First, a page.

Process engineers can use maintenance, quality, and performance information to identify areas that require improvement such as quality procedures and standards, diagnosing bottle necks, increasing response time, streamlining scheduling, and analysing equipment failures.

Quality assurance personnel can understand the production environment to more fully correlate quality with production. Quality assurance personnel can compare plant production against specifications and environmental regulations, analyse quality implications, and automate record keeping and reports.

The ultimate objective is improved customer satisfaction and financial performance. Production intelligence contributes to customer satisfaction through improved customer service, product quality, and speed of delivery due to operational performance improvements, and improved product quality and consistency.

Suppliers

Production intelligence is becoming a critical element. A sampling of vendors includes CiTect and Aegis who have built solutions specifically for the production intelligence role. Datasweep, EMT, and Lighthammer were founded on the concept. Others have created operational data stores (Camstar, nMetric, Visiprise) and dashboards for operational metrics (Apriso, Aspen Technology). Data historian-based products correlate processes and product results over time (Aspen Technology, GE Fanuc, OSIsoft's PI).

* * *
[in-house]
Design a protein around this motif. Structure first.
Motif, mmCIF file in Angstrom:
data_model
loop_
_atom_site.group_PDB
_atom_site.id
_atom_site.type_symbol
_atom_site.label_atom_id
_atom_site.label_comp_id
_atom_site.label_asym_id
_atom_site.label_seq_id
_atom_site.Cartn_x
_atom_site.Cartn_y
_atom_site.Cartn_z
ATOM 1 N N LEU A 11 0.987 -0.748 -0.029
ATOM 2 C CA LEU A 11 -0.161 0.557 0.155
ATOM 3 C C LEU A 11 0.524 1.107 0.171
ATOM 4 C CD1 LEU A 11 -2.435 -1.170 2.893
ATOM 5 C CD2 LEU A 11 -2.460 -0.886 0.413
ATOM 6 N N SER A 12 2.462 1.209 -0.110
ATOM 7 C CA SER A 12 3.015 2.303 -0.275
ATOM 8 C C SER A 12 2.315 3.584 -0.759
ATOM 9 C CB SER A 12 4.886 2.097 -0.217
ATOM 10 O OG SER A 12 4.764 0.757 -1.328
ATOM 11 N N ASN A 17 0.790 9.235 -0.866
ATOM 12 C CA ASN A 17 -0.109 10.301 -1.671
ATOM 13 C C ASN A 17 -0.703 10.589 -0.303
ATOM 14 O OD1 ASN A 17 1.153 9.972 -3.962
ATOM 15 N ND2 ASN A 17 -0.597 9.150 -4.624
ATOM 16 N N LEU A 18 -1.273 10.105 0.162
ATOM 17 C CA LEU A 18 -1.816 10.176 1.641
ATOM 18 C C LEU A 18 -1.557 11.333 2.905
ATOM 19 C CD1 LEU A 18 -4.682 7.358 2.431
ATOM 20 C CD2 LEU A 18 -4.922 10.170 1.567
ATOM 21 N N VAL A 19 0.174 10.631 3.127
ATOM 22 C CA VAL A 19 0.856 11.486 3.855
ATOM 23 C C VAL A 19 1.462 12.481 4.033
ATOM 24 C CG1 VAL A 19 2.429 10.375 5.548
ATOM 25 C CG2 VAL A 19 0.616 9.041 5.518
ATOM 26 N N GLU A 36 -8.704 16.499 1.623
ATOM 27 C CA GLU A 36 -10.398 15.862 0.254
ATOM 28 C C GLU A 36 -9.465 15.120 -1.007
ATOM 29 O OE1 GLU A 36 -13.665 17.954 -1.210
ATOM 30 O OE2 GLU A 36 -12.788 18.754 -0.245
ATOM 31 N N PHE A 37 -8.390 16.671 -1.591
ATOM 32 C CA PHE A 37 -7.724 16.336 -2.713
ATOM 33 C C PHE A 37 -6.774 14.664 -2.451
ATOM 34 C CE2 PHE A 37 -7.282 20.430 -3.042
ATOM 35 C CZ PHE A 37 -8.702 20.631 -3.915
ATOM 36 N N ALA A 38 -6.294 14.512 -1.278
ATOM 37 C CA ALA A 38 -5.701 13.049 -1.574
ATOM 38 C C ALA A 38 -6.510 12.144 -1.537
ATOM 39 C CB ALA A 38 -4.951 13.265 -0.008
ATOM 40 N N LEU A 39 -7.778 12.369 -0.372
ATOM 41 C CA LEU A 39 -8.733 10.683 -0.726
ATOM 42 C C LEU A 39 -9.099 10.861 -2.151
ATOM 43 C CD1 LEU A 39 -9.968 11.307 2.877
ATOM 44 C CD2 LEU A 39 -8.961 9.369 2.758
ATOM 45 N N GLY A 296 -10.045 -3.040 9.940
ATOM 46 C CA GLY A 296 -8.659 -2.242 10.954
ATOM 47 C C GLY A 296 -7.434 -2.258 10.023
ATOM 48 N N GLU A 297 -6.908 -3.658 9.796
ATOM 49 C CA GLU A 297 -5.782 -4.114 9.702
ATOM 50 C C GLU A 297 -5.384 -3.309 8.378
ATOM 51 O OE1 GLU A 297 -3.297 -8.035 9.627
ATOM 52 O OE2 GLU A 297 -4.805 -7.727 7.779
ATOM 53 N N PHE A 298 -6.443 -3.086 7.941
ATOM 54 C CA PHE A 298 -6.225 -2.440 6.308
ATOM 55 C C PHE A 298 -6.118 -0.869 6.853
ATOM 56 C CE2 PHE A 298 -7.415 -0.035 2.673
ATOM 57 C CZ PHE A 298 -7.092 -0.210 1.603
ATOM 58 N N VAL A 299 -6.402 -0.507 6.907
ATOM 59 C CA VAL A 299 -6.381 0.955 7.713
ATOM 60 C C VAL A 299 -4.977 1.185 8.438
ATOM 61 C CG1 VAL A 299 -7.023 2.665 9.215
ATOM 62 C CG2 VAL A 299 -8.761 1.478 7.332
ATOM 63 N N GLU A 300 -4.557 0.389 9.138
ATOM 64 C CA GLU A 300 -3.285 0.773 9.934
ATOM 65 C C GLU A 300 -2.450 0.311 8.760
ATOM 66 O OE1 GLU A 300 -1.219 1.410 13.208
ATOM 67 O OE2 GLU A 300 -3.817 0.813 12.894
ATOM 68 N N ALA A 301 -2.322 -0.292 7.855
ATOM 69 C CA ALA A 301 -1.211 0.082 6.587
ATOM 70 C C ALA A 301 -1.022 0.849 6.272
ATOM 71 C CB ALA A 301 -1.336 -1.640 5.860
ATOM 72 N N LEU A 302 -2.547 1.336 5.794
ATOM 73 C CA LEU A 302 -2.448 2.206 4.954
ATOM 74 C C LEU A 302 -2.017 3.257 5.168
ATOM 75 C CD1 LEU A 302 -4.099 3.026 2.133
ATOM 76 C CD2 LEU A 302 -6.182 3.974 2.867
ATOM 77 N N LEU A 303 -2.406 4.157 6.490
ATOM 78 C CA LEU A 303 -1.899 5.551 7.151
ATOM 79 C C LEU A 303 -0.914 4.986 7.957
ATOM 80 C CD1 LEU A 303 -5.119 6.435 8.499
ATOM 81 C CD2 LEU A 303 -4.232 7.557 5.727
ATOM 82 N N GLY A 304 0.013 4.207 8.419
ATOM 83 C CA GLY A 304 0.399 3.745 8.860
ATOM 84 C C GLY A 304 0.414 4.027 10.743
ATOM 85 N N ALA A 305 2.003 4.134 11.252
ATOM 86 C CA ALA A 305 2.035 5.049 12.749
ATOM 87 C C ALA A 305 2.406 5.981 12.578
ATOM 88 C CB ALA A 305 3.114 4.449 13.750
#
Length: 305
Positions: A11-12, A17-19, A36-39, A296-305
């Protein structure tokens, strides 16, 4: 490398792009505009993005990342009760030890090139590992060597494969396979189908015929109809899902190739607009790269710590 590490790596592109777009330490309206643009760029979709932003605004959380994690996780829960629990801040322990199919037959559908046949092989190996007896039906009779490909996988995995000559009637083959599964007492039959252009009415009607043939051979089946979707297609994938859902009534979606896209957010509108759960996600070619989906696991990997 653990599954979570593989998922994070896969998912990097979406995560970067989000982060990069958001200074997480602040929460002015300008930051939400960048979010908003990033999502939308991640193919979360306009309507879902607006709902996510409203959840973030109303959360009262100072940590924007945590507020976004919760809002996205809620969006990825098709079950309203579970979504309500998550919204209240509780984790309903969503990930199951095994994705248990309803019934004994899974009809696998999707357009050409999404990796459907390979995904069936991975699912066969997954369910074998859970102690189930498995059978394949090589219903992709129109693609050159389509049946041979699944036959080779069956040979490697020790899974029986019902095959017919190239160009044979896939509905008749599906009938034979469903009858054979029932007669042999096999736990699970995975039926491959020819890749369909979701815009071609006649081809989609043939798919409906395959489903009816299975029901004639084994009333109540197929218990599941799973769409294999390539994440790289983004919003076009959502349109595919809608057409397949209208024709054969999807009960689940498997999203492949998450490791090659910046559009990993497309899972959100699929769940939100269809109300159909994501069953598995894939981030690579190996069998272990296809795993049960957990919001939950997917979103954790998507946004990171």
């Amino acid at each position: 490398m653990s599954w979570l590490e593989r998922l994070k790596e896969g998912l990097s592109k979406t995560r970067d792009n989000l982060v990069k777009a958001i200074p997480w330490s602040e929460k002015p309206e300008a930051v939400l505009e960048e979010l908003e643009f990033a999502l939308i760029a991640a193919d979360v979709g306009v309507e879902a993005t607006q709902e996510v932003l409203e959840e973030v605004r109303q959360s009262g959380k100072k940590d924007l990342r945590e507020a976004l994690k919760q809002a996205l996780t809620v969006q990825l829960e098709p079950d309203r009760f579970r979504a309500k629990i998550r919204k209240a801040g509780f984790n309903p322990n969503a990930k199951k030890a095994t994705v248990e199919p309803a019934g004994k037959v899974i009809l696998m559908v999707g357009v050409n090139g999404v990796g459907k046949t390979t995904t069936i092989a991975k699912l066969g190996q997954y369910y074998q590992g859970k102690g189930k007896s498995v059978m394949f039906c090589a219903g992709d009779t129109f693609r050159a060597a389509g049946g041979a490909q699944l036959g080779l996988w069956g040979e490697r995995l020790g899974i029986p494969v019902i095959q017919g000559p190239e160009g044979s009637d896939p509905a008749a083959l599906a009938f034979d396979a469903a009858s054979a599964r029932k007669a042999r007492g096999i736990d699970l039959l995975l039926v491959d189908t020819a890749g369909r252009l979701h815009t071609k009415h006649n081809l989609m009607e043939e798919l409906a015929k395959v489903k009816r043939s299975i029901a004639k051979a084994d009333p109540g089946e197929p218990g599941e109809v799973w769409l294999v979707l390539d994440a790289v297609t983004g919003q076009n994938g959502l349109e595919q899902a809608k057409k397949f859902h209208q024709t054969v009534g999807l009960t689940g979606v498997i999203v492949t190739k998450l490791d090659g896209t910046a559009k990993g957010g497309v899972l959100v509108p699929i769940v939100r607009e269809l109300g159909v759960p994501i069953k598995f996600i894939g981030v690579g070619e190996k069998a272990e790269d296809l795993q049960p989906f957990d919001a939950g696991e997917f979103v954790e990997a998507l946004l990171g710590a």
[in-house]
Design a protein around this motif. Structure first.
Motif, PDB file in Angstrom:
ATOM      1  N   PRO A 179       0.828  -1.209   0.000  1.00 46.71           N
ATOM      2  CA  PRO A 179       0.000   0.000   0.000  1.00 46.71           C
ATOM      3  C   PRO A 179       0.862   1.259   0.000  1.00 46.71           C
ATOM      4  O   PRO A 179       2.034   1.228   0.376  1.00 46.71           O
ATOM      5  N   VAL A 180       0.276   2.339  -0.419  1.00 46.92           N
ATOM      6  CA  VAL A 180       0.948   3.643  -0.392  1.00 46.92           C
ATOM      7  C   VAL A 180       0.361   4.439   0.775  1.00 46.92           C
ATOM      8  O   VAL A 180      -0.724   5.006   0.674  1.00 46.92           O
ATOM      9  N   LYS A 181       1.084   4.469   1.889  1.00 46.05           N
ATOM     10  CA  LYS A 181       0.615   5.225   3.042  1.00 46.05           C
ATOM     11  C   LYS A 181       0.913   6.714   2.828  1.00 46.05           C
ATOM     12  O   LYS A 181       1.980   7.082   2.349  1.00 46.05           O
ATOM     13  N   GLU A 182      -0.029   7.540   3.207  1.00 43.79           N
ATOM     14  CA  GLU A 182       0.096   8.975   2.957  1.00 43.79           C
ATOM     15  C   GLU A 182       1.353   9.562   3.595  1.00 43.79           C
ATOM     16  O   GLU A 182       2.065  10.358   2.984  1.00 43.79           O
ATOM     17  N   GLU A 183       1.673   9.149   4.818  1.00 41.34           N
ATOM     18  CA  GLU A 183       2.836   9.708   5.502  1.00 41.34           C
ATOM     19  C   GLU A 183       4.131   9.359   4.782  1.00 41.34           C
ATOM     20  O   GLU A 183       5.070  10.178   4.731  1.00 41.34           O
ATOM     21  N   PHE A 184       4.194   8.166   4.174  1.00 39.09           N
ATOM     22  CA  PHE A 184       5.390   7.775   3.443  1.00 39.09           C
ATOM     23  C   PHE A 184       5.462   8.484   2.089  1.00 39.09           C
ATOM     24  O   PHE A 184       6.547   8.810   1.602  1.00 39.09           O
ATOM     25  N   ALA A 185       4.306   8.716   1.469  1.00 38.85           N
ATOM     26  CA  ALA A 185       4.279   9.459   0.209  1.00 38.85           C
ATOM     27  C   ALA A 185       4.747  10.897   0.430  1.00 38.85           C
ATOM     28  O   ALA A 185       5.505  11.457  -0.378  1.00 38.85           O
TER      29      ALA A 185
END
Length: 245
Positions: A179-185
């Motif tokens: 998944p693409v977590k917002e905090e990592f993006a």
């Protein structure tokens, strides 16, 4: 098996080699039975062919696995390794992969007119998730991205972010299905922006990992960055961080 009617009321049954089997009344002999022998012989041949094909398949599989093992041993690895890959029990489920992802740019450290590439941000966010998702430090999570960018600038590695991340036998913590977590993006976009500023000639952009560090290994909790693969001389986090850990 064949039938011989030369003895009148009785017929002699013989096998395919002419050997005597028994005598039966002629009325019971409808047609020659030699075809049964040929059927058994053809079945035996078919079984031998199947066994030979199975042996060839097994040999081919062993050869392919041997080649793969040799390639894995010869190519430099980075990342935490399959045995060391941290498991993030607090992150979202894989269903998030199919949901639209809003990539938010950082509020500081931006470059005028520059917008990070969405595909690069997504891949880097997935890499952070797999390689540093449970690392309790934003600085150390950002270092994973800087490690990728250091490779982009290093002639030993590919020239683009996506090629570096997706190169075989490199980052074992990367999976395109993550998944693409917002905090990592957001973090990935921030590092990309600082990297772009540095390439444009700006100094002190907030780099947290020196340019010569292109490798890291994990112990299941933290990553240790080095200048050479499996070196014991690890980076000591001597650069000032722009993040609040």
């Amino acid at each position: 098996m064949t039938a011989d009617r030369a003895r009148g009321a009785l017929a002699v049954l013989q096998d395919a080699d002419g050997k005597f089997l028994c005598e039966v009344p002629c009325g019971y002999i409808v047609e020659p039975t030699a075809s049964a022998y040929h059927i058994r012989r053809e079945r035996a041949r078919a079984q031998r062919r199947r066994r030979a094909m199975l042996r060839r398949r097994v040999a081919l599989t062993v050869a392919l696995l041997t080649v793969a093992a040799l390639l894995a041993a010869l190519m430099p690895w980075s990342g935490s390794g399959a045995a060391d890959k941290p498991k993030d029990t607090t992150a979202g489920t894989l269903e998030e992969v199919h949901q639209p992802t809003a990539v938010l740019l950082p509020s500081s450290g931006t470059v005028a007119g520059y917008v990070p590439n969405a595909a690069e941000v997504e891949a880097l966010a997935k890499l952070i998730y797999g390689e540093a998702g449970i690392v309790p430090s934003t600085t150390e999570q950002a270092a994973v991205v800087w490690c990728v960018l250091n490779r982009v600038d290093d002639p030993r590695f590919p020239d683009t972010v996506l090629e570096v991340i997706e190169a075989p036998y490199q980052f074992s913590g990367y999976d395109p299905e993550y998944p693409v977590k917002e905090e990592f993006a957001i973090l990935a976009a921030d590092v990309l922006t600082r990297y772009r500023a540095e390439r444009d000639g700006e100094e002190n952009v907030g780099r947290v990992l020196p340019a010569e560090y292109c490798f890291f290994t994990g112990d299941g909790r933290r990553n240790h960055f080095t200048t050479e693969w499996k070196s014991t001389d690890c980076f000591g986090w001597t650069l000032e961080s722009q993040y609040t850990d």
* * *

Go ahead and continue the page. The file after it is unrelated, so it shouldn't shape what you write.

Summary

Enterprises understand the value of integration. One area that has been ignored is the plant. Plant systems and corporate systems must be complementary and leverage each other to provide their maximum value. Production intelligence provides both integration and valuable information not available in either type of system.

About the Author

Olin Thompson is a principal of Process ERP Partners. He has over twenty-five years experience as an executive in the software industry. Thompson has been called "the Father of Process ERP." He is a frequent author and an award-winning speaker on topics of gaining value from ERP, SCP, e-commerce, and the impact of technology on industry.